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I have a mosaic whose rasters are using a custom coordinate system:

US_IFR
Authority: Custom

Projection: Lambert_Conformal_Conic
false_easting: 0.0
false_northing: 0.0
central_meridian: -95.0
standard_parallel_1: 33.0
standard_parallel_2: 45.0
latitude_of_origin: 39.0
Linear Unit: Meter (1.0)

Geographic Coordinate System: GCS_North_American_1983
Angular Unit: Degree (0.0174532925199433)
Prime Meridian: Greenwich (0.0)
Datum: D_North_American_1983
  Spheroid: GRS_1980
    Semimajor Axis: 6378137.0
    Semiminor Axis: 6356752.314140356
    Inverse Flattening: 298.257222101

After adding the rasters, I modify their footprints to trim off unnecessary parts using a feature class to replace the original footprints. The feature class was created in the same custom coordinate system. At this point, the mosaic looks great, all the images are properly stitched together and all the extraneous information is removed.

However, once I project to web mercator:

WGS_1984_Web_Mercator_Auxiliary_Sphere
WKID: 3857 Authority: EPSG

Projection: Mercator_Auxiliary_Sphere
False_Easting: 0.0
False_Northing: 0.0
Central_Meridian: 0.0
Standard_Parallel_1: 0.0
Auxiliary_Sphere_Type: 0.0
Linear Unit: Meter (1.0)

Geographic Coordinate System: GCS_WGS_1984
Angular Unit: Degree (0.0174532925199433)
Prime Meridian: Greenwich (0.0)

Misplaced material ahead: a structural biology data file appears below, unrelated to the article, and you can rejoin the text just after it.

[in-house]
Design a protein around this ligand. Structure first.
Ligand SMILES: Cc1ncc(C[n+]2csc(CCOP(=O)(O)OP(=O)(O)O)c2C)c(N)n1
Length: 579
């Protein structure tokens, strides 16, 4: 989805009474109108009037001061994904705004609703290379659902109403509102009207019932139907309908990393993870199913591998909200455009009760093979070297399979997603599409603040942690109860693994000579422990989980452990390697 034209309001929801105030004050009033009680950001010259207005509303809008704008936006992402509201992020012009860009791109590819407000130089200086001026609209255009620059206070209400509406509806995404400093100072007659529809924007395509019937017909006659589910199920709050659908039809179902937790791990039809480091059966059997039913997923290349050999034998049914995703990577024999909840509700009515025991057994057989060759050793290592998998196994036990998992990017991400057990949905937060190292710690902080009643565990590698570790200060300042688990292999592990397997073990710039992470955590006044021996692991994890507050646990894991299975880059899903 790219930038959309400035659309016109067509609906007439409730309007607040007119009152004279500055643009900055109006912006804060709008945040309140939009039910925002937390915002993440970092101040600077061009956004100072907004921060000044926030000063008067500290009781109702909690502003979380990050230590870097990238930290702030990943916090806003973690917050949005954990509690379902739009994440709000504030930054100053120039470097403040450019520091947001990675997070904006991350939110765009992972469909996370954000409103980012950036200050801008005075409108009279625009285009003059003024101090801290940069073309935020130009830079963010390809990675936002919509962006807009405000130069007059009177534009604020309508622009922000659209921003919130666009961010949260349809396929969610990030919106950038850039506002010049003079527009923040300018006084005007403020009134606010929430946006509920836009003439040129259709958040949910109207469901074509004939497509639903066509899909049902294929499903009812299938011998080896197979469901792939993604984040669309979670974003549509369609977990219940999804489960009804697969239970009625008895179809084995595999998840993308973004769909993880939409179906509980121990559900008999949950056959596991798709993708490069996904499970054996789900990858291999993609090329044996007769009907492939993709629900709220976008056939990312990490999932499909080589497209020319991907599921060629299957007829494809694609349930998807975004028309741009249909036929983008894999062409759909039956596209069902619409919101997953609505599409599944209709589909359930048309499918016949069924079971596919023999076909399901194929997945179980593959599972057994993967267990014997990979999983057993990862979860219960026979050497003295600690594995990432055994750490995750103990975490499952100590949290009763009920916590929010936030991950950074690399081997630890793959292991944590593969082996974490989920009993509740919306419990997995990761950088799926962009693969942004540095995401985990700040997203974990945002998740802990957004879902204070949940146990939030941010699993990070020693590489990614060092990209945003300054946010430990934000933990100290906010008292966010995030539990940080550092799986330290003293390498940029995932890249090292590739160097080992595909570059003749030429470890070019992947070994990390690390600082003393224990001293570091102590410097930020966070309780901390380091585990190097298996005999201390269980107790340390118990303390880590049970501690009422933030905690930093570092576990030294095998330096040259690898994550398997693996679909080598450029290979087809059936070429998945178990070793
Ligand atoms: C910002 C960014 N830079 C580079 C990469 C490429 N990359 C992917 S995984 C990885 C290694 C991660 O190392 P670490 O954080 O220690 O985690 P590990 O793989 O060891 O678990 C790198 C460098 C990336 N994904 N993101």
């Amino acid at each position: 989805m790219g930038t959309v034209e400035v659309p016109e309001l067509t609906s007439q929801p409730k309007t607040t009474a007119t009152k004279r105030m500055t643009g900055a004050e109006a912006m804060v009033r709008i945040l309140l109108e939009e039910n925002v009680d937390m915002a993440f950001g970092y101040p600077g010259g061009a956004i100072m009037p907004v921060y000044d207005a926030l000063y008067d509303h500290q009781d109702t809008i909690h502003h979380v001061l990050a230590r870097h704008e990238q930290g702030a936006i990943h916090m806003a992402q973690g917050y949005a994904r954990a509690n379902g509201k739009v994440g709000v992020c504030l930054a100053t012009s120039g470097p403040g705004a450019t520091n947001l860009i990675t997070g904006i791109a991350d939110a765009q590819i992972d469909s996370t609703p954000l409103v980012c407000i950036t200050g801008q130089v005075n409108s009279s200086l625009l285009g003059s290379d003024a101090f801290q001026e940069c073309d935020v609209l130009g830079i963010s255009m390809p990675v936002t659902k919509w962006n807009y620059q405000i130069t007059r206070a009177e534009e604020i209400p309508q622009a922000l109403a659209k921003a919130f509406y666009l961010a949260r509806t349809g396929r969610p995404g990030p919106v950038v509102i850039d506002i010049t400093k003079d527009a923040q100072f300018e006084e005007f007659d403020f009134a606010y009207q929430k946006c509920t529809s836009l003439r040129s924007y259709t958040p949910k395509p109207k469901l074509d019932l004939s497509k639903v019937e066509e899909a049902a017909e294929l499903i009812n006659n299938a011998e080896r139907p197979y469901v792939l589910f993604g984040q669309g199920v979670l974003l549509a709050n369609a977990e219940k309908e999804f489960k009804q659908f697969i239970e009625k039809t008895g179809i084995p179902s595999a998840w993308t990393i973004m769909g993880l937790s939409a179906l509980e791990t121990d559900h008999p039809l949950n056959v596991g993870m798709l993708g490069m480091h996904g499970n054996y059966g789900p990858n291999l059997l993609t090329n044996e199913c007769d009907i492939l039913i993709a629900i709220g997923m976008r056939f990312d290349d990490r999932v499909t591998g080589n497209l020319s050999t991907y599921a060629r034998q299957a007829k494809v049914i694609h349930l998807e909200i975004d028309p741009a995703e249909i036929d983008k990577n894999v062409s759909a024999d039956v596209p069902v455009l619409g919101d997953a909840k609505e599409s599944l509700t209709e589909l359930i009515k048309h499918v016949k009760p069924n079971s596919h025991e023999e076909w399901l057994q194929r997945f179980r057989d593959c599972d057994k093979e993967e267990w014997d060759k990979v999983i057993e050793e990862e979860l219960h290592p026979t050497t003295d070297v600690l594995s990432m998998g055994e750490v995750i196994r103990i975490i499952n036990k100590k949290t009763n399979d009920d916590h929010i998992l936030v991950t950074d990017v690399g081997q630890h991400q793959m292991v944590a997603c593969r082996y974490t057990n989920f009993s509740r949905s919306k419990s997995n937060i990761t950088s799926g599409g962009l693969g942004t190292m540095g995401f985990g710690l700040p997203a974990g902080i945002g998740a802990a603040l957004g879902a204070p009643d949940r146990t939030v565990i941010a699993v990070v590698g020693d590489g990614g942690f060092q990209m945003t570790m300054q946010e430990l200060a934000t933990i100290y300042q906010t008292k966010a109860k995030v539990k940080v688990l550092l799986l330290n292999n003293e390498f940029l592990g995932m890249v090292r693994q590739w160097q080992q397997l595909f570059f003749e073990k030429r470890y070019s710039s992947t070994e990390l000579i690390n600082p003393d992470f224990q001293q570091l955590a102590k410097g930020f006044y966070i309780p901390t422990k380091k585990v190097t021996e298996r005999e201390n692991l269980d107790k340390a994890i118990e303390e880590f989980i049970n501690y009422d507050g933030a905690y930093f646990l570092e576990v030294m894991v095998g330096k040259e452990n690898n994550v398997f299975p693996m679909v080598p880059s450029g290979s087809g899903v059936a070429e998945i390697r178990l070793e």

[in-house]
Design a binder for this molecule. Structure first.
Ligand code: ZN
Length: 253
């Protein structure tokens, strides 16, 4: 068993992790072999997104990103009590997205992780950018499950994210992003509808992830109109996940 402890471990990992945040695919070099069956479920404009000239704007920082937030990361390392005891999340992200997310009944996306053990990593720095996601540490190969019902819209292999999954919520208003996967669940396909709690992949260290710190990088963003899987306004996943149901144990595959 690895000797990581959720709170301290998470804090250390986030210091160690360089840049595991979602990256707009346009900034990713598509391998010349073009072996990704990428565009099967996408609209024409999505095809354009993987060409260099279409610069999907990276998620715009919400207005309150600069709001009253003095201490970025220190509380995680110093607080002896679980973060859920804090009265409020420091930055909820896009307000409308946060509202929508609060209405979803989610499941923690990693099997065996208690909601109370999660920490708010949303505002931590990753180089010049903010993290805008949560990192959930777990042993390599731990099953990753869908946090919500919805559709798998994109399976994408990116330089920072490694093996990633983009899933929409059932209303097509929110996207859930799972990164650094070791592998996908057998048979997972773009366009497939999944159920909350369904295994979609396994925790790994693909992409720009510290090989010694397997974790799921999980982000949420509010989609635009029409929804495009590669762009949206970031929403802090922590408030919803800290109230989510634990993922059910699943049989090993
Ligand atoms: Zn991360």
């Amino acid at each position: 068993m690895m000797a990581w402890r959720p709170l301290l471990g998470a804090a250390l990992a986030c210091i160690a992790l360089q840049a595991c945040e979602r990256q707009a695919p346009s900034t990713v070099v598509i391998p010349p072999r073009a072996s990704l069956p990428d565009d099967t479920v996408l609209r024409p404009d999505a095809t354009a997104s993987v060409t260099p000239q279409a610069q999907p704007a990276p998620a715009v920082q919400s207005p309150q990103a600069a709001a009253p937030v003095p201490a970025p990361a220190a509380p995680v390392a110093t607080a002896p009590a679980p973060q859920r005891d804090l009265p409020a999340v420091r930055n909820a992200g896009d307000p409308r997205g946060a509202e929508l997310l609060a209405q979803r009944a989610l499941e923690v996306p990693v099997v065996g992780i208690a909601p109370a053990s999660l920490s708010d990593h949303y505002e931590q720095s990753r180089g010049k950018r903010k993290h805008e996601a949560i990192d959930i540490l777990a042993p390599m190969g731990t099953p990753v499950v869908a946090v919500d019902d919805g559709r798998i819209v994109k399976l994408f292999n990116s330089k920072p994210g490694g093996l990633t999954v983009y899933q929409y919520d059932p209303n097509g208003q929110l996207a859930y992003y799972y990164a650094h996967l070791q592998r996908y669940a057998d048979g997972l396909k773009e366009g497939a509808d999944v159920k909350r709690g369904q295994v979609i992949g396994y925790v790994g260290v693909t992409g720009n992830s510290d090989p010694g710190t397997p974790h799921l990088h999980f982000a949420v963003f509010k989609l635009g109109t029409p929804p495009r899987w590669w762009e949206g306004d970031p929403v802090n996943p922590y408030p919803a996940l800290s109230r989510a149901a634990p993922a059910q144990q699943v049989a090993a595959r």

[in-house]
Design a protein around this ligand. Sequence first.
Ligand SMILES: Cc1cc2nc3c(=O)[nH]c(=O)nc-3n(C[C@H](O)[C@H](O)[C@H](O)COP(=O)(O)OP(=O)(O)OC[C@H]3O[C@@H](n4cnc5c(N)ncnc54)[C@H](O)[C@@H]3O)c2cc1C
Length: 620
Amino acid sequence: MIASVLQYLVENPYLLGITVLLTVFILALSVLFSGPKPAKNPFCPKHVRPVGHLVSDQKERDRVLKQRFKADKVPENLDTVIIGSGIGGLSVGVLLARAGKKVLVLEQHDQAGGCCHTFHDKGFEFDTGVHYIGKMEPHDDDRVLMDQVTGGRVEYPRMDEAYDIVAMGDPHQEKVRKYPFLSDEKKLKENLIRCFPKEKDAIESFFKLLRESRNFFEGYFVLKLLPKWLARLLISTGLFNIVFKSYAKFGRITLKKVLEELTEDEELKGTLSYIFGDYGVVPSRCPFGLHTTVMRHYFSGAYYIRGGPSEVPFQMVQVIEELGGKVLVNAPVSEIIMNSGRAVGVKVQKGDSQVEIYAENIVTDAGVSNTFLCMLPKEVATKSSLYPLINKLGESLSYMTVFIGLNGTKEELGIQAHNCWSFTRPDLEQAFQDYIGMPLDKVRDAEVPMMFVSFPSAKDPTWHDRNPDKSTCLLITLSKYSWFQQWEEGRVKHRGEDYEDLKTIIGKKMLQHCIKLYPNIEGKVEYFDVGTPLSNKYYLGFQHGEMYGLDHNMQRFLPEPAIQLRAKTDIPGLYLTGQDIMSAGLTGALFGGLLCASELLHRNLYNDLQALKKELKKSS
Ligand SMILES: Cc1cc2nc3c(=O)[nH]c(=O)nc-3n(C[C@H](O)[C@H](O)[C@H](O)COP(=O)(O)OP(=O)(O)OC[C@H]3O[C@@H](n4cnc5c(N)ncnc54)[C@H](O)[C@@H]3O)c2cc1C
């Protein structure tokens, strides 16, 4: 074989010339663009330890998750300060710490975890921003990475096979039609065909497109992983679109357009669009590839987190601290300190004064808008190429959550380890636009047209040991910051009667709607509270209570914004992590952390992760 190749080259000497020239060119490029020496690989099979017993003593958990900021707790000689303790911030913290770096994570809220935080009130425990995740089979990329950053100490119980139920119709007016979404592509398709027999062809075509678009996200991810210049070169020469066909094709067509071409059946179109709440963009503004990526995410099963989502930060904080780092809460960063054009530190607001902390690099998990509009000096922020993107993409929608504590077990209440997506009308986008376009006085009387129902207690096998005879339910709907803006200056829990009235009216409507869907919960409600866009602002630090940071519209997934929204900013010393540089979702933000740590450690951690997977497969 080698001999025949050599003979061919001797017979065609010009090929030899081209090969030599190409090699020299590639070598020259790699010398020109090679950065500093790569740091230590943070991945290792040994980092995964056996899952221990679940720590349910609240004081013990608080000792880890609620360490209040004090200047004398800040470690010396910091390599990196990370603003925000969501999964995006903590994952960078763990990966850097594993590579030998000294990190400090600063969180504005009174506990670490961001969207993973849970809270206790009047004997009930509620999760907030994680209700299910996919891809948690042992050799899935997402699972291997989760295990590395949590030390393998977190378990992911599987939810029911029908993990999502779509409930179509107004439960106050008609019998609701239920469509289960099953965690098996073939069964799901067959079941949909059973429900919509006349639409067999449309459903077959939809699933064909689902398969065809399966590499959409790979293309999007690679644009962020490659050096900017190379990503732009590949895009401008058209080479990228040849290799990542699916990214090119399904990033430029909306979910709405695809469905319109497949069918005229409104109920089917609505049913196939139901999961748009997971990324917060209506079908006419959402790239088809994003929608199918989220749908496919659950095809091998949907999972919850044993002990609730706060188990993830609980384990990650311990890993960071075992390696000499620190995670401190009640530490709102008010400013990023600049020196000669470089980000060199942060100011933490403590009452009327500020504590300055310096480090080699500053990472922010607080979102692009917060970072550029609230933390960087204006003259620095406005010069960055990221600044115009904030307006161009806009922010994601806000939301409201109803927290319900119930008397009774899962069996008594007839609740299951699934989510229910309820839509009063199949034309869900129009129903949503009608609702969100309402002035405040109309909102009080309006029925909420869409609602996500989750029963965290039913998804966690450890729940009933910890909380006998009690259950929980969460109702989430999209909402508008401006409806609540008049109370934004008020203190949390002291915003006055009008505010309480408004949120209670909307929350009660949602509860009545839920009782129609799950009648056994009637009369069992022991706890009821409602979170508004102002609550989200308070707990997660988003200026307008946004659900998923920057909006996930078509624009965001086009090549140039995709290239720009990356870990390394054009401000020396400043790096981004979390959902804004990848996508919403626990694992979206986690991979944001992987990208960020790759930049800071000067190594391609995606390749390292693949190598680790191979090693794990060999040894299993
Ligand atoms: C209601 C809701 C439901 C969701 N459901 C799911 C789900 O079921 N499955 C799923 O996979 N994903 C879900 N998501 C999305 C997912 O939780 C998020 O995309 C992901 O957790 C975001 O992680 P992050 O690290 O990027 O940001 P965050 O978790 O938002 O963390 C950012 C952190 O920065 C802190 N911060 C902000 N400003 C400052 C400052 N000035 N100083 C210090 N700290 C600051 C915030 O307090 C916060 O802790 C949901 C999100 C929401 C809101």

Datum: D_WGS_1984
  Spheroid: WGS_1984
    Semimajor Axis: 6378137.0
    Semiminor Axis: 6356752.314245179
    Inverse Flattening: 298.257223563

in preparation to publish as a map service, the rasters get bent, but the footprints remain straight lines. This means that some of the desired content is stripped off and some of the undesired content is let in.

Any idea why the footprint did not bend in the same way the raster did?

US IFR: US IFR

Web Mercator: Web Mercator

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This is not something that I have tested but I suspect that it would be worth trying the Build Footprints tool which:

Computes the extent of every raster in a mosaic dataset.

...

The Approximate Number of Vertices parameter is used to define the complexity of the footprints. The higher the number of vertices will mean the footprint is more accurate and more irregular. Valid values range from 4 to 10,000. You can set your value to be -1 so that no generalization will take place, but this may mean your footprint will have a very large number of vertices.

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